Things that are true:

1.  Two weeks into Epic Summer Roadtrip.  Great time, wonderful visits, working on dealing with homesickness.

2.  Went to a book signing on Thursday (Chris Colfer for TLOS3) and it was interesting, good , strange, fast, and has me debating all kinds of meta stuff in my head which I would talk about except that it is the shape of a circle and I cannot find the entry point.

3.  Kiddo is McDs binging right now and WOW.

4.  The very first place I wanted to go when I had a minute to myself was the garden store that I love so much, but I knew I wanted to go there because my first thought was “I need to go to church”.  It is about reverence and peace.

5.  I thought my robot necklace was lost but now it is found.

6.  AirBnB is a GREAT way to (1) save money, (2) meet cool people, (3) actually experience a town when you travel.  Do it.  It isn’t mutually scary – only scary on your side and it will work out fine.

7.  I like borrowing dogs.

8.  I like this, but it is hard and I am a bit tired.

My son and I are collapsed at the Quality Inn Downtown Baltimore (new drapes and bathroom, surprisingly lovely) at the end of day two of the Summer of 2014 Adventure.  We are utterly exhausted.  He is awake (still), and I am barely so -but it is worth talking about.

I made a mistake by not upgrading my phone to a talking GPS / maps function.  I regret that.  So far, that is pretty much the only thing I regret.

The first night we stayed in Raleigh, NC at a home I booked through airbnb.  It is not natural for me to pull into a residential neighborhood walk up to a house I’ve never seen before, introduce myself to strangers, and spend the night.  Still, it worked out well, they were nice, the room was completely what we needed (it had a bed that was comfortable) and it allowed us to redirect our resources for stuff we wanted to.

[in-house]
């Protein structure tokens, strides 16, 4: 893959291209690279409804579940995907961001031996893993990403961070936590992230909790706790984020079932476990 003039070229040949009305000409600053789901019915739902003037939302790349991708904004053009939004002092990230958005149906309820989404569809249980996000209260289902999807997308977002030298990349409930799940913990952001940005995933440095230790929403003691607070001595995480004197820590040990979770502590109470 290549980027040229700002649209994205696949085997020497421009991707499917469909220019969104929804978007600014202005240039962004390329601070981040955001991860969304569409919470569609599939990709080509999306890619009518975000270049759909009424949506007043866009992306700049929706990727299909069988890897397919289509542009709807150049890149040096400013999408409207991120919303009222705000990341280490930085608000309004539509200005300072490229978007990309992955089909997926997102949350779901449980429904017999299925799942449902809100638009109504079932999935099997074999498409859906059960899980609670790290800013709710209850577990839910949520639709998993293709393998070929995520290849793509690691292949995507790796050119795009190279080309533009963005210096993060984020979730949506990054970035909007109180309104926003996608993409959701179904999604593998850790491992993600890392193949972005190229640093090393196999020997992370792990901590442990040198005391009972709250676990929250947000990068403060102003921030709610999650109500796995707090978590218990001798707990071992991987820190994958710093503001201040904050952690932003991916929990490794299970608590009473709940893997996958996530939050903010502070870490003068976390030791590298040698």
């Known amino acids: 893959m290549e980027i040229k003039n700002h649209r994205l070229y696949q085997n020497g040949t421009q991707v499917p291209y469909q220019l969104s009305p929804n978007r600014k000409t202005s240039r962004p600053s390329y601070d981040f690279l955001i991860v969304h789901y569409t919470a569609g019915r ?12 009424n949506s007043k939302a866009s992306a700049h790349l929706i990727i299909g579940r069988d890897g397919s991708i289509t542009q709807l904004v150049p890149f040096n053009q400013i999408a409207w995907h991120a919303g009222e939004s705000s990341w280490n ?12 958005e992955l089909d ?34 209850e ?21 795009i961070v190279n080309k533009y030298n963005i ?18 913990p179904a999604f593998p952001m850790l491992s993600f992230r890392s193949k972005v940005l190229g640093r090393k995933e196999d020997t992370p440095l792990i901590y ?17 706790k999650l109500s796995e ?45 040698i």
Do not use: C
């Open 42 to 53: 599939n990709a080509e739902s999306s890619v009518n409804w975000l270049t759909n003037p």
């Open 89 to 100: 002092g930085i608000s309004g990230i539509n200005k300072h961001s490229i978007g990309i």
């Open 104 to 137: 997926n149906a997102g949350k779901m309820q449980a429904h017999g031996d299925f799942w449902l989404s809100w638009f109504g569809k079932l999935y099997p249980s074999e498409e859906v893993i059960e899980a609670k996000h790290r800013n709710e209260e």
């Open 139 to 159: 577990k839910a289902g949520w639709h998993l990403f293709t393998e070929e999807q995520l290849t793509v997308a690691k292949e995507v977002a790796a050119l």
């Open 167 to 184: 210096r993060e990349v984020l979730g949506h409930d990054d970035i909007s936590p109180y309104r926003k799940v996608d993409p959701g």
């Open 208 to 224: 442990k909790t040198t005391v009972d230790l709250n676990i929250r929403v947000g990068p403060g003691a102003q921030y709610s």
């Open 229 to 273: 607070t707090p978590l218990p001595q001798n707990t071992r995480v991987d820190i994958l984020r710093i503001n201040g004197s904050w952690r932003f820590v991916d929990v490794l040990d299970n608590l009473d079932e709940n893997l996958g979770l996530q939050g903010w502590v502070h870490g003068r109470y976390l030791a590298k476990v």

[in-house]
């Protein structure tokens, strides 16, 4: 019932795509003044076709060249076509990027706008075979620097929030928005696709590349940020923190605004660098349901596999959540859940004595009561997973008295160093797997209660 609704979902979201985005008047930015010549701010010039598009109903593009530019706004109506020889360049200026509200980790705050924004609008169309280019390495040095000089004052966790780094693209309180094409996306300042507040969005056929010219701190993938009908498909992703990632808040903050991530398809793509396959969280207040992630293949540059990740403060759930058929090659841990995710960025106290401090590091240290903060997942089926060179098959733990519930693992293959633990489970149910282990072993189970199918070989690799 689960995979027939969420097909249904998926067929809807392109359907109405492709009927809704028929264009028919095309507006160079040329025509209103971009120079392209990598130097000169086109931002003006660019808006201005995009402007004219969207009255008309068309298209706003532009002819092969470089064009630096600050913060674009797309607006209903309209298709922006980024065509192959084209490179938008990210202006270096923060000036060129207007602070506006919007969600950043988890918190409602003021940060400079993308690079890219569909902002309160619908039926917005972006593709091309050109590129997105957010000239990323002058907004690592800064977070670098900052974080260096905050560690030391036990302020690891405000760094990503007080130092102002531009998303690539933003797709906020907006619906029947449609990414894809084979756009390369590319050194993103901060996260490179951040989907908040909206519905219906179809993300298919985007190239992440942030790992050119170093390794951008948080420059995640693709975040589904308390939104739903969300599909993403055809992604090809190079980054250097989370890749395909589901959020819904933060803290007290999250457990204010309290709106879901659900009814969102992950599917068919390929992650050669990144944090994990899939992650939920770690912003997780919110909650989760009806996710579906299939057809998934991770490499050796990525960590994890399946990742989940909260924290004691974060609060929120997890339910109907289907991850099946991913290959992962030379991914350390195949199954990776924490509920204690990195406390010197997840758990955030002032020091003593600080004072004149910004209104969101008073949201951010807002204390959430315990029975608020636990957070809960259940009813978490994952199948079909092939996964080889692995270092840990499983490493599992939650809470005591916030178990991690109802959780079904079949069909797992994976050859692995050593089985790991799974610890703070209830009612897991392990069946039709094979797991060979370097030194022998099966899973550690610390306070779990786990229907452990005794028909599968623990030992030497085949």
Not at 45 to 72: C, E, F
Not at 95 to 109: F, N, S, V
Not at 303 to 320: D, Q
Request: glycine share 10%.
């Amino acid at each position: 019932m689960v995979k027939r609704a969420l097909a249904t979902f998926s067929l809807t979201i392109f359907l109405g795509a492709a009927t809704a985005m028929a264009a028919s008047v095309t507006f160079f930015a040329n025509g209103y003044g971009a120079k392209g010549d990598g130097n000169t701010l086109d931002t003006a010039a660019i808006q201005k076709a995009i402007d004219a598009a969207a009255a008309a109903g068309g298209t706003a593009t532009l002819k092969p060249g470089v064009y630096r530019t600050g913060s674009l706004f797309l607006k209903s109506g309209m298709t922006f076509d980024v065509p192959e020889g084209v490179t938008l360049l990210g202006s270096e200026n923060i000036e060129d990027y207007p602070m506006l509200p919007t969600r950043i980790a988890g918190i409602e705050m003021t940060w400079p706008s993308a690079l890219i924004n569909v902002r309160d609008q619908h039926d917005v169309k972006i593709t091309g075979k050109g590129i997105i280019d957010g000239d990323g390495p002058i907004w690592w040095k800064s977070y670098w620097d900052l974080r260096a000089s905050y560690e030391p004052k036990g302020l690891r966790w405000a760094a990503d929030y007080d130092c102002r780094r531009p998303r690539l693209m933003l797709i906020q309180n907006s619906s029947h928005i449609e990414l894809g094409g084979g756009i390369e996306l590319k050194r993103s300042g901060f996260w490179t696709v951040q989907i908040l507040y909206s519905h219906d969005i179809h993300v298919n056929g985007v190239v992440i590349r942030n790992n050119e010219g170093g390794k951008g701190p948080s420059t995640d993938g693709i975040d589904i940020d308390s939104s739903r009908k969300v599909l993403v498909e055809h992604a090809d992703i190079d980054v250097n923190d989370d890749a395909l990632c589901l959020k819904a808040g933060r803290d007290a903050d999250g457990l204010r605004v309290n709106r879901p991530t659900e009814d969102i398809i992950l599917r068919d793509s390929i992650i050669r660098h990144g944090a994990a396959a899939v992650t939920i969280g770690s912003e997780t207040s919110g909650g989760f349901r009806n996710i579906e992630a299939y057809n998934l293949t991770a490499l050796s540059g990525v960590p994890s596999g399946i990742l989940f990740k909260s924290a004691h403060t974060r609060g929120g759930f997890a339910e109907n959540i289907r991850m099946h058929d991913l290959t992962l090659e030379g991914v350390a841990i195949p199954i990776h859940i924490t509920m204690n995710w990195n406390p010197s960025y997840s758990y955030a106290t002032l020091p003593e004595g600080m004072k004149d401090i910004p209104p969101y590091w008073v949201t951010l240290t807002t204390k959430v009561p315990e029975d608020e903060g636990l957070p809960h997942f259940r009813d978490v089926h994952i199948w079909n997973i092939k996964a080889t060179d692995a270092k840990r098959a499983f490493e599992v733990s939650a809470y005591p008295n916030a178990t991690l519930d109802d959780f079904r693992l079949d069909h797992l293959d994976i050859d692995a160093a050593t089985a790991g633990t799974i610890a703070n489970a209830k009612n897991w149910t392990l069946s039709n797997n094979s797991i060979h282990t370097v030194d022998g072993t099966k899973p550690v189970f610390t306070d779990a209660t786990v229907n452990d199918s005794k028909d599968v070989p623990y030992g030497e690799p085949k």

We were directed to a restaurant where we ate, and then more importantly to Pullen Park which we did not see *much* of but it was AMAZING.  We would not have known to do that without our hosts.  At this point Jeff would likely point out that I swear – a LOT – when I am driving in unfamiliar cities.

We got up in the morning (they made blueberry pancakes, ham, cereal, coffee, and juice) and hit the road early.  We knocked out the first 150 miles like BOSSES.  Then we hit some construction, but we were still rocking, then we got near Quantico  and


we saw the peak first, then the signage and in 1.5 miles went from “What is that?” to “Let’s go”.  My dad is a Korean war vet and I wanted to get him a quick gift but we walked into the atrium (it is free) and it was breathtaking.  We gaped, and I got teary, and then we hit the store and tried not buy ALL OF IT.

So back in the car, drive around /through Washington DC (which I will be happy to NEVER do again), drove the lovely parkway between DC and Baltimore and then got to the National Aquarium which Baddest Mother Ever had pointed me towards.

About halfway through I remembered the museum class I took as an undergraduate and realized how we are in a golden age of museum pieces right now.  Both the Marine Corps museum and the National Aquarium are clearly designed with specific amazing goals in mind.  It is a golden age to be sure.

Then, to dinner, a water taxi, and around to the hotel.

I must sleep, as much as I am genuinely and surprisingly sad to leave Baltimore we have family to catch up to for the rest of the week.